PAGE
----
It's Real, Sometimes...

I wrote this on a whim, without thinking. It might be nonsensical. I'm not really sure.

Just an exercise to keep my gears oiled, though it turned out interesting, if nothing else.

Crash. An overweight, middle-aged woman, named Magdalyn, collided into an idle shopping cart while her head had been turned the other way."OH MY GOODNESS, SORRY SWEETIE, SO SORRY." A man loudly called to her, turning away from a freezer door. He bowed to her, rather extravagantly, then pivoted on his heels back to his shopping cart. He spread his arms out widely as if speaking to an audience. The Toaster Strudles and Eggo waffles listened intently, but there was no one else in the direction. "CAN YOU BELIEVE IT? CAN YOU BELIEVE IT?" He couldn’t speak a word without shouting it. The man shook his head and pushed on through the frozen breakfast aisle.

         Magdalyn was shopping that day at Gram's Grocery. It sat in the middle of a sleepy town, which often made for interesting characters. That the local crazy ward was just two blocks away made this man's eccentricity not all that surprising, almost familiar.

Magdalyn frowned. Mentally ill people made her uncomfortable. Of course, they needed groceries too, but why couldn't a caregiver come with them? You never knew what kind of crazy they were. Delusional? Violent? What if they lashed out at someone? (At her?)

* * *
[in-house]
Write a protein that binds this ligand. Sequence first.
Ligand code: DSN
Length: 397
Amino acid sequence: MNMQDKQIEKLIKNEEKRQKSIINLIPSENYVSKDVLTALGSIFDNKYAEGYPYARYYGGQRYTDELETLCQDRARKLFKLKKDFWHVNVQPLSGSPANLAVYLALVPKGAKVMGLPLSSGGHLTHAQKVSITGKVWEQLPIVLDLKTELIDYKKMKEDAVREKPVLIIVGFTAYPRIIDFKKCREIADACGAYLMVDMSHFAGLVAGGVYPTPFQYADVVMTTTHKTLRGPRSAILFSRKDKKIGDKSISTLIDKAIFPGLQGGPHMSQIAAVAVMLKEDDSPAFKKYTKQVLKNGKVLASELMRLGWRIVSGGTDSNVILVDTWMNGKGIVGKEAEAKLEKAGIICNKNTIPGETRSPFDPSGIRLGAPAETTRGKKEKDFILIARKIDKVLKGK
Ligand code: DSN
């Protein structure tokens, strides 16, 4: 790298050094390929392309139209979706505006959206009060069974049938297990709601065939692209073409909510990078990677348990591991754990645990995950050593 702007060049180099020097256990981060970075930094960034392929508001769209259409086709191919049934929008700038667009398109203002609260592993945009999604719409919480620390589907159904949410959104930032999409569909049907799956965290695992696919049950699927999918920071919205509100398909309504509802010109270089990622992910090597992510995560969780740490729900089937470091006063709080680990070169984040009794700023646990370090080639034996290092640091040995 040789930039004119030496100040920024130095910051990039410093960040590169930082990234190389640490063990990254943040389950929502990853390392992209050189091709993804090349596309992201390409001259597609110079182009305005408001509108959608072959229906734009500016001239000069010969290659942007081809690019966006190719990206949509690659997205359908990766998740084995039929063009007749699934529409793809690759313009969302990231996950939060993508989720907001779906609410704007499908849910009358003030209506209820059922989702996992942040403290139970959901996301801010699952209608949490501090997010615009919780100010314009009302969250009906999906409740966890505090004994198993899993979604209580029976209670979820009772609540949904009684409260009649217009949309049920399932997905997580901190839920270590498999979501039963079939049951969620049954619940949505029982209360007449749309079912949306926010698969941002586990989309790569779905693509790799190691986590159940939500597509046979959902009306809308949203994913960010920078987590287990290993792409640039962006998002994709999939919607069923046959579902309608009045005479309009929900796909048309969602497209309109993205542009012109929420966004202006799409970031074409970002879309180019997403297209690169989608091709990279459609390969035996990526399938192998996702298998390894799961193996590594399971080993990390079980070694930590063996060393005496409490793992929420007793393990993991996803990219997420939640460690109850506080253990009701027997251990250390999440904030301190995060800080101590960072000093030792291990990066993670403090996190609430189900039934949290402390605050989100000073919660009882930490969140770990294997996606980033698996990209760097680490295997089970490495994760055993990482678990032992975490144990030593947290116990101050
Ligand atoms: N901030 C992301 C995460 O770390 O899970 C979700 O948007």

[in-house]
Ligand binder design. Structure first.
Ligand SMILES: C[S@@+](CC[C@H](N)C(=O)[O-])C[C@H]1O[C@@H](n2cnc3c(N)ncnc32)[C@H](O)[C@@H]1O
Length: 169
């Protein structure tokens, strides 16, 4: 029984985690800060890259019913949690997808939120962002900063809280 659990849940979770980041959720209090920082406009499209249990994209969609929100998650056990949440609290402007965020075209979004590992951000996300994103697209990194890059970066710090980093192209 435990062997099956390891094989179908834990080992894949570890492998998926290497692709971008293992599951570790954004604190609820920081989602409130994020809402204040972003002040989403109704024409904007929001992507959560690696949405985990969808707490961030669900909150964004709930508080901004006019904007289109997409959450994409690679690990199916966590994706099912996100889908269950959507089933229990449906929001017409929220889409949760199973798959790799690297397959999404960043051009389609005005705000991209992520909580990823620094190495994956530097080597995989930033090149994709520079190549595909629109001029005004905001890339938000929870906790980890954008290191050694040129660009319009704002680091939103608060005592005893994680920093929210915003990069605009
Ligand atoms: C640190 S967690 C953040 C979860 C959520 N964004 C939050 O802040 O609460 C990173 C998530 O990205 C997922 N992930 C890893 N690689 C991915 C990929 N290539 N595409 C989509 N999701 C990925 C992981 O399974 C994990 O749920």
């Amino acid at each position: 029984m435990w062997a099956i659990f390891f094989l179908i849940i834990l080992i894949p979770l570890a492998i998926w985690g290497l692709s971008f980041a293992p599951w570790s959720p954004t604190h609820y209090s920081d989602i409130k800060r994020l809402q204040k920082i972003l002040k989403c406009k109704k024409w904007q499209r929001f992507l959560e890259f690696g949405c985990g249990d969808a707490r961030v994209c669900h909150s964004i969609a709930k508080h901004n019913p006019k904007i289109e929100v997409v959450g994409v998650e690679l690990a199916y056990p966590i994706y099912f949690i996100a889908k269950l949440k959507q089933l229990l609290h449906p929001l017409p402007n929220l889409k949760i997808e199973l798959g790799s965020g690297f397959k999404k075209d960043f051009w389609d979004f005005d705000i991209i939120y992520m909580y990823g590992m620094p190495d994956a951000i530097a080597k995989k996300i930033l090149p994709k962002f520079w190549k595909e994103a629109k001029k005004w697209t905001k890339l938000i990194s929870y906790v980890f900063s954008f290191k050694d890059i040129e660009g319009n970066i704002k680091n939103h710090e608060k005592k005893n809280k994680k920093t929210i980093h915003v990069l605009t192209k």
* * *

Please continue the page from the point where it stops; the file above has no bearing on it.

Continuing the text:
He was in front of her at the check out, flirting with the cashier, who was new here, Magdalyn noticed--she knew all the cashiers at Gram's. The pretty young girl ignored the man, but looked irritated.

        "Hello," the cashier said to her, sounding uncomfortable, like Magdalyn.

        "You let her be," she barked at him, using a voice she'd often heard from her mother. The man glanced at her, undaunted, as though he hadn't heard her say anything at all. But as she continued to glare, he turned and waved pleasantly, muttering something as he heaved paper sacks into his arms. 

         "Can I help you?" The girl squeaked, peering down the check out. Magdalyn smiled in response and dropped her things onto the old conveyor belt.

           “Don’t mind it all, sweetie. We always get loonies in here.” She said with an apologetic smile.

          “Oh, ma’am. I don’t mind at all. My mother was a nurse.” She smiled shyly as the belt scrolled the groceries to the counter.

          Magdalyn eyed her name tag. “Tia, is it?” The girl nodded sweetly. “You new here, Tia?” She only asked to be polite.

“I moved to Rockview just last month.”

“Where you from, dear?”

“Minneapolis,” she smiled with a slight nostalgia and shrugged. “’City girl.”

“Minneapolis? I used to own a lake house there. Sold it to open my boutique.”

“Is that yours, down the block?” The girl tipped her head towards the window.

Magdalyn turned to look, and nodded. “That’s the one!”

“I applied there,” the girl frowned slightly. “I never heard back.”